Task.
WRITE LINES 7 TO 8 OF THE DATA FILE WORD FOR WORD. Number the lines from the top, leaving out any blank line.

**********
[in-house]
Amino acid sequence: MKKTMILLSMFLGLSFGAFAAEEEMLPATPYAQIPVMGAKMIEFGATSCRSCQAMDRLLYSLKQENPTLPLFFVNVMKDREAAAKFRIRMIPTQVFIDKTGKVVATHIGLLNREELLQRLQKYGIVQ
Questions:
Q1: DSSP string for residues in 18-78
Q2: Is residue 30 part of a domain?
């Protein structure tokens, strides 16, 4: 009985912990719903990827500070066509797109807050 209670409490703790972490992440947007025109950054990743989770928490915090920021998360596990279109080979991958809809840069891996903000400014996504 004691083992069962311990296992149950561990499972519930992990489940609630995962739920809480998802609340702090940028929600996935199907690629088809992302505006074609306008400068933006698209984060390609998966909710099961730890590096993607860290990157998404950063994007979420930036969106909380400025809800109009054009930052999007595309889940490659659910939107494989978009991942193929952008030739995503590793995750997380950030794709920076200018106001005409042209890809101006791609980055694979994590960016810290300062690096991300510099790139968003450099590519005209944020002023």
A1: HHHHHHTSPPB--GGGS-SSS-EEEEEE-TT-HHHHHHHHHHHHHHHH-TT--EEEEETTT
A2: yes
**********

A1: HHHHHHTSPPB--GGGS-SSS-EEEEEE-TT-HHHHHHHHHHHHHHHH-TT--EEEEETTT
A2: yes